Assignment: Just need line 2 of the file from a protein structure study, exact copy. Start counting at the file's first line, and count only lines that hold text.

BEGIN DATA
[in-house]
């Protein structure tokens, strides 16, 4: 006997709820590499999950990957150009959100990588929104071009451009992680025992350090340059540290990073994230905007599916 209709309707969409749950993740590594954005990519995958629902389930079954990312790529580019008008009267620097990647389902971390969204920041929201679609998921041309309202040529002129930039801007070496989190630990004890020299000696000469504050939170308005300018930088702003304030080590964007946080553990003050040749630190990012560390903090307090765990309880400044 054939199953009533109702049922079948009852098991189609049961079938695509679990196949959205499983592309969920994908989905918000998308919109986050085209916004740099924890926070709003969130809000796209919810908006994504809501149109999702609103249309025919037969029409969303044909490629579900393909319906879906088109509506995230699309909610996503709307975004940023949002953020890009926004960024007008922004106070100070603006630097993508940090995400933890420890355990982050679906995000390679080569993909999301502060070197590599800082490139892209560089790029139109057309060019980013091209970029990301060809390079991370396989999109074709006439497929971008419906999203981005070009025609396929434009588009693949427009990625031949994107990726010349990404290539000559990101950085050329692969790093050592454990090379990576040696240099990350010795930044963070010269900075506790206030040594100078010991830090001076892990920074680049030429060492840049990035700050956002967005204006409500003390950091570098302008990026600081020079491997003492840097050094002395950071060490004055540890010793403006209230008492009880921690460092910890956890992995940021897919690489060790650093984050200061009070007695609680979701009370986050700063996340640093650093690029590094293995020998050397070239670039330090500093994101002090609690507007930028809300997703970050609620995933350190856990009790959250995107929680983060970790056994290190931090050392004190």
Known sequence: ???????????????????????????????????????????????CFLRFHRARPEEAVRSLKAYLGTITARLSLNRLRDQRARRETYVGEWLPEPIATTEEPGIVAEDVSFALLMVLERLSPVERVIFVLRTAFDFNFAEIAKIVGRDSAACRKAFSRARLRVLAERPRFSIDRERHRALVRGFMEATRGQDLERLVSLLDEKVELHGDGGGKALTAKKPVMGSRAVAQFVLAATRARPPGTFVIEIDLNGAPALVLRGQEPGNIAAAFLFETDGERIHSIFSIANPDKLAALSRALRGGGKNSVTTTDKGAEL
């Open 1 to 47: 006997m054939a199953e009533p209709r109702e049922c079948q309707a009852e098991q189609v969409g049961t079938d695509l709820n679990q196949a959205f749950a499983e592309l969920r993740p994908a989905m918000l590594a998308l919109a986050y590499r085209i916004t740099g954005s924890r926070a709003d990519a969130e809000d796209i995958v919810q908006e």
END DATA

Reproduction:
């Protein structure tokens, strides 16, 4: 006997709820590499999950990957150009959100990588929104071009451009992680025992350090340059540290990073994230905007599916 209709309707969409749950993740590594954005990519995958629902389930079954990312790529580019008008009267620097990647389902971390969204920041929201679609998921041309309202040529002129930039801007070496989190630990004890020299000696000469504050939170308005300018930088702003304030080590964007946080553990003050040749630190990012560390903090307090765990309880400044 054939199953009533109702049922079948009852098991189609049961079938695509679990196949959205499983592309969920994908989905918000998308919109986050085209916004740099924890926070709003969130809000796209919810908006994504809501149109999702609103249309025919037969029409969303044909490629579900393909319906879906088109509506995230699309909610996503709307975004940023949002953020890009926004960024007008922004106070100070603006630097993508940090995400933890420890355990982050679906995000390679080569993909999301502060070197590599800082490139892209560089790029139109057309060019980013091209970029990301060809390079991370396989999109074709006439497929971008419906999203981005070009025609396929434009588009693949427009990625031949994107990726010349990404290539000559990101950085050329692969790093050592454990090379990576040696240099990350010795930044963070010269900075506790206030040594100078010991830090001076892990920074680049030429060492840049990035700050956002967005204006409500003390950091570098302008990026600081020079491997003492840097050094002395950071060490004055540890010793403006209230008492009880921690460092910890956890992995940021897919690489060790650093984050200061009070007695609680979701009370986050700063996340640093650093690029590094293995020998050397070239670039330090500093994101002090609690507007930028809300997703970050609620995933350190856990009790959250995107929680983060970790056994290190931090050392004190």